How To Save Money On Your Monthly Debits: 7 Simple Tips

Monthly debits are extremely convenient for everyday life. We set them up, then get to sit back and relax, safe in the knowledge that our money is going where we need it to go — and we certainly take advantage of this, using them for so many parts of our lives that we can easily stack up numerous debits each month. But this convenience also makes them dangerous. More and more, people are waking up to the alarming possibility that their money is being drained unnecessarily on a monthly basis, with each month taking away another substantial chunk of the average person’s savings. But you don’t have to just accept that it’s happening. You can take action to get your direct debits under control. To help you lighten the monthly load and improve your finances, here are 7 simple tips you can use to save money on your monthly debits:

Look for alternative providers

There are some monthly services that don’t give you much choice when it comes to a provider: for instance, you might only have one viable internet service provider in your area, limiting you to paying whatever you’re currently paying or having no internet access at all. But for most services, that isn’t the case. Take energy, for instance: when was the last time you got a fresh energy quote? You might find that switching provider will save you quite a bit of money.

Haggle for better prices

Moving business transactions online has added a sense of unwarranted finality to certain price listings. If you’re looking at a product on an ecommerce site, then sure, you’re unlikely to get anywhere proposing a cheaper price — but service businesses tend to have a lot more leeway. With customer retention being a priority, and their margins being healthy, they’ll often offer better deals if pushed. As such, push them. Ask them to give you a better deal, and play competing services against one another until you get an offer you can’t refuse.

Cancel services you don’t need

It’s thrilling to sign up for new monthly services. Product services are particularly dangerous because they give you a great sense of anticipation: each month will bring something new, indulging your love of retail (particularly when you’re stressed). But that thrill can easily leave you paying for things that don’t really interest you — things you don’t really need. If you’re a member of a monthly wine club, ask yourself if it’s worth what you’re paying. If you pay a gym membership, do you actually go on a regular basis? Enough to justify the cost? If not, cancel it.

Stop paying for cable

Cable packages can be very expensive, but plenty of people these days only use them for media that they could get far more cheaply online. Check to see if there’s a comparable online TV streaming service that would cost you much less. If your internet connection is up to the task, and you already pay for the bandwidth, then why not take this route? You may need to buy a streaming device for your TV, but that’s not expensive.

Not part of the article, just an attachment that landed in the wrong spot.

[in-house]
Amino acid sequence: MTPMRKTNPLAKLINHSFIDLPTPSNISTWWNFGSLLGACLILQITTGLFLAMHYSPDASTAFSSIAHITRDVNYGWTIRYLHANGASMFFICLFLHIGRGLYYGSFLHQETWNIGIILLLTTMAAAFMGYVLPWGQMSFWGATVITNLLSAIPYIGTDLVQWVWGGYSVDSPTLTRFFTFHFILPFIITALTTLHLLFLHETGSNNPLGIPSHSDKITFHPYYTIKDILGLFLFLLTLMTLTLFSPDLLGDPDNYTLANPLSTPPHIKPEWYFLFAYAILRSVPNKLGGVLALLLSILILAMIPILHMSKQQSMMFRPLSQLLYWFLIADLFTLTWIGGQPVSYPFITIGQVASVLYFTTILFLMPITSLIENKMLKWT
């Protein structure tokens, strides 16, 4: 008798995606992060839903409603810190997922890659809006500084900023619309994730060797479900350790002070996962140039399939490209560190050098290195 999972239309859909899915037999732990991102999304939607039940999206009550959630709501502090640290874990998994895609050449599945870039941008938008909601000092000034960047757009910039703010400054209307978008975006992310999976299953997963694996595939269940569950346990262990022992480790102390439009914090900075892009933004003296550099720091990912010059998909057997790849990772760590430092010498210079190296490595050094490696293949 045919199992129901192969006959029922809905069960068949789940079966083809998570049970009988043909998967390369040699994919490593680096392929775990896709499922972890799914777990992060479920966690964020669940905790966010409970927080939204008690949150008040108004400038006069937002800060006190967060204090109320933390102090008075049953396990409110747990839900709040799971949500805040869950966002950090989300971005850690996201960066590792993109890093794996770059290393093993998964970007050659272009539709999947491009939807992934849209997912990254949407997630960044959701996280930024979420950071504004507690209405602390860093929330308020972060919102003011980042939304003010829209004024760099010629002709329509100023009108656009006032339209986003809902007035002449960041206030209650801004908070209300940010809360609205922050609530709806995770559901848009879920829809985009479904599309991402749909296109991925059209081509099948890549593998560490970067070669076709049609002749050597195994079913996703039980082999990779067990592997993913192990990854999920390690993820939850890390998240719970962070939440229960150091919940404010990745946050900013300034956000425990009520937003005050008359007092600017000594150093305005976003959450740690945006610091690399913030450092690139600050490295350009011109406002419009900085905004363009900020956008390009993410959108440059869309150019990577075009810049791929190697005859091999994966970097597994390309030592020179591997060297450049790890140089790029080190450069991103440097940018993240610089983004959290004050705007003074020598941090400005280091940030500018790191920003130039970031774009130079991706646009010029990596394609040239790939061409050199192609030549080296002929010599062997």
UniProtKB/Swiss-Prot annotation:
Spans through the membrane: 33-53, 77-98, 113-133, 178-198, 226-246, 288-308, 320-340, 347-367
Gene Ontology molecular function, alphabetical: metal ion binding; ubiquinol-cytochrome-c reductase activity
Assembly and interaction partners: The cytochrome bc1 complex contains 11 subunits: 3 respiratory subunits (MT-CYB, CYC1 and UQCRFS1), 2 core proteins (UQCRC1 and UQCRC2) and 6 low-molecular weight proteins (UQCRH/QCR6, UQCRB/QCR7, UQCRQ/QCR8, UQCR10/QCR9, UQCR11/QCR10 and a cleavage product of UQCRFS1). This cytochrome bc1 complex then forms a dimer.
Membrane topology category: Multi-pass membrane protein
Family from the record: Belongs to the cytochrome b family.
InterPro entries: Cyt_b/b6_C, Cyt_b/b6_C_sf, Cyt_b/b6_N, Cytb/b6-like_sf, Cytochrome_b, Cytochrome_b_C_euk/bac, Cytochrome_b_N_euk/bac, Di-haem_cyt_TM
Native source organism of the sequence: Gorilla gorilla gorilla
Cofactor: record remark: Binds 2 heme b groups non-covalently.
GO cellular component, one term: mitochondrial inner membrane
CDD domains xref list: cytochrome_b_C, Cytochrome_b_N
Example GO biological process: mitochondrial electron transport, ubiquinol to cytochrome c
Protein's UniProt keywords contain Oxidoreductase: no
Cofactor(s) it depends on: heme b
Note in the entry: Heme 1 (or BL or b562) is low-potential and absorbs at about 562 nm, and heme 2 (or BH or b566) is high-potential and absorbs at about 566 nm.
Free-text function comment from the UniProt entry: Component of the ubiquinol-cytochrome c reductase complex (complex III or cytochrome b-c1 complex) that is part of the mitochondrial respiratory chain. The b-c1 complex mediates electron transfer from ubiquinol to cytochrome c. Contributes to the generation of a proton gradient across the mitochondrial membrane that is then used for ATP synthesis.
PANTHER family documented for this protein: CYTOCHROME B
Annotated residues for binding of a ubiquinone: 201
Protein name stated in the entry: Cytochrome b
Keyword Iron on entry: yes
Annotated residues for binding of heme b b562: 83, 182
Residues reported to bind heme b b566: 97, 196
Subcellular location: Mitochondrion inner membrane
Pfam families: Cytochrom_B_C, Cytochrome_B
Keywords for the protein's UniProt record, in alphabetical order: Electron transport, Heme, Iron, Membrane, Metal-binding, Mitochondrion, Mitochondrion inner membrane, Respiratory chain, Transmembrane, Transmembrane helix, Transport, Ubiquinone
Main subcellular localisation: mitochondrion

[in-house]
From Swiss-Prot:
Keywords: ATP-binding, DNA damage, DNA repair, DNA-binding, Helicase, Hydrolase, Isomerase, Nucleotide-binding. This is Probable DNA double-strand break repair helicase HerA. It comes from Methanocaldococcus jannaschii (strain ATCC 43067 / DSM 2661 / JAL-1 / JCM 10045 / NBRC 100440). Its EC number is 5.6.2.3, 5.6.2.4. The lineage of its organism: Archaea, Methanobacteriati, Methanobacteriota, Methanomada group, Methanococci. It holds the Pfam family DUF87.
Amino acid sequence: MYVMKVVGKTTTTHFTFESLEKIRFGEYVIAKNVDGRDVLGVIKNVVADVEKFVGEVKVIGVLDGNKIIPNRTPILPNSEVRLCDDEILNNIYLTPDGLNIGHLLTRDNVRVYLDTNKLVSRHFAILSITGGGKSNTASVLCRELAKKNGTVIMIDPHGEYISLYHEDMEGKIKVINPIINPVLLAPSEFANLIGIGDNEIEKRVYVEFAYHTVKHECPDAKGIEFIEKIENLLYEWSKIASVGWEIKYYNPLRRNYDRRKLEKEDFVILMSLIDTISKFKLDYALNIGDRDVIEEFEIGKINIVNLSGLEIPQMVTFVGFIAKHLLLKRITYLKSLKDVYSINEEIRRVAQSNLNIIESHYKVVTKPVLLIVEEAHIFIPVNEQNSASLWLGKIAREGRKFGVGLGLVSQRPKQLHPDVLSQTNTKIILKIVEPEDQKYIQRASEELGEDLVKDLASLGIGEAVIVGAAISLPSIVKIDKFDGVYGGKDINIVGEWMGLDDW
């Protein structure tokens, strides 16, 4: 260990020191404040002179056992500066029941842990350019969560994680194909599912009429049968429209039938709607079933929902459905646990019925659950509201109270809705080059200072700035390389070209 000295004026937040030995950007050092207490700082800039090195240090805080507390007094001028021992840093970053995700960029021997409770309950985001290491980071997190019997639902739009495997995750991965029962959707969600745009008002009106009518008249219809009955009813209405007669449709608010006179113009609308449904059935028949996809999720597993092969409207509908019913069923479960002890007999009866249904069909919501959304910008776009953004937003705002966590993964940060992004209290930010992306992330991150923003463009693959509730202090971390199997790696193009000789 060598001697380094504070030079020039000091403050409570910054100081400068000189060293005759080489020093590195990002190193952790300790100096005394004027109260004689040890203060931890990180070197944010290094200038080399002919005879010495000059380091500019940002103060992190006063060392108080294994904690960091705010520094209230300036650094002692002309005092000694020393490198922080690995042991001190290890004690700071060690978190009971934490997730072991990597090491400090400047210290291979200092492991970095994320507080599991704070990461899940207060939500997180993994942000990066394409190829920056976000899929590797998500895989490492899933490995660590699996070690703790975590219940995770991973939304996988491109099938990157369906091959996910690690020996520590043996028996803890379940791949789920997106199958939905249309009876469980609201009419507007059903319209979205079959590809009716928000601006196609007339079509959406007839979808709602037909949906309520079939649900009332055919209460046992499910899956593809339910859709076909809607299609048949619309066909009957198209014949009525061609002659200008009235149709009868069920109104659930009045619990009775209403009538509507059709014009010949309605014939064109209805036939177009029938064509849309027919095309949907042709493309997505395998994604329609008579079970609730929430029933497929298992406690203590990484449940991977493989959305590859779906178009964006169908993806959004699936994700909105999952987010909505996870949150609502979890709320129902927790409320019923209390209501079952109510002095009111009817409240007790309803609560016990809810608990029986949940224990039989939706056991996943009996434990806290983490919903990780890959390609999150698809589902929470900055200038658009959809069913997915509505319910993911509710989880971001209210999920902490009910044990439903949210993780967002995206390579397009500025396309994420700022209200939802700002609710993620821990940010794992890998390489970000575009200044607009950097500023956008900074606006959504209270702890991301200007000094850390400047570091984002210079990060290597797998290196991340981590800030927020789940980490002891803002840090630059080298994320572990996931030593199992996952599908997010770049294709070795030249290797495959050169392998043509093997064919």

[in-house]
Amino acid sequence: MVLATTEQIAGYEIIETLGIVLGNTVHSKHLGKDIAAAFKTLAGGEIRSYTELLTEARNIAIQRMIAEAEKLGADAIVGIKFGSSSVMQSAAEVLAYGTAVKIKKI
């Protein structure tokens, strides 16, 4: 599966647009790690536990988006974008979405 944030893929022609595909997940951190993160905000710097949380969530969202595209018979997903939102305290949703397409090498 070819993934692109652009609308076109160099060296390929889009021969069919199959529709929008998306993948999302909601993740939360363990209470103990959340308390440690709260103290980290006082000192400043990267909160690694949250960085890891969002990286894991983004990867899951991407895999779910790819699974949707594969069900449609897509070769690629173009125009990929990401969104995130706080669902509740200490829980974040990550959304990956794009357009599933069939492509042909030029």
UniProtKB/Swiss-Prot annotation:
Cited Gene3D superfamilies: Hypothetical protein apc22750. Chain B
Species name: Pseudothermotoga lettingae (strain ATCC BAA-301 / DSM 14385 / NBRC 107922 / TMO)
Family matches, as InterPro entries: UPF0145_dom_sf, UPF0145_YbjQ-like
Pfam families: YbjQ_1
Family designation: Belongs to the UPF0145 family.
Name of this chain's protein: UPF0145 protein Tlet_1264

Cut your car insurance costs

Car insurance is one of the worst monthly payments because you can’t get rid of it entirely (assuming you need to keep driving, that is), but it can be quite expensive if you get a bad deal. You don’t have to accept a bad deal, however. If you take steps to warrant a better quote — for instance, by lowering your mileage, keeping your car in a garage, or even installing a dash cam/backup camera to prove your commitment to responsible driving — then you can end up significantly cutting your monthly car insurance costs.

Opt for annual payments instead

Some monthly debits you have to pay monthly, but there are plenty that you can choose to pay annually instead. Since you’ll generally get a better deal in return for choosing to pay a year at a time, you should use this for anything that you know you’ll want for at least 12 months. If you want to keep canceling and renewing a subscription (to something like Netflix, for example), then keep paying monthly. Just switch to paying annually where it’s appropriate.

Set up a savings debit

Sometimes a good response to excessive monthly debits is the addition of another monthly debit: this one to your own savings account. It’s all about taking an informal commitment and setting it in stone (so to speak). If you usually forget to save money, this will force you to — it will also prevent you from spending everything you have each month, and force you to find something less important to cut if you start to feel the squeeze.

Saving money isn’t about doing complex calculations. It’s mainly about looking at your monthly outgoings and finding small improvements, whether that involves getting rid of unused services or negotiating better deals. Give these tips a try — see how you fare.

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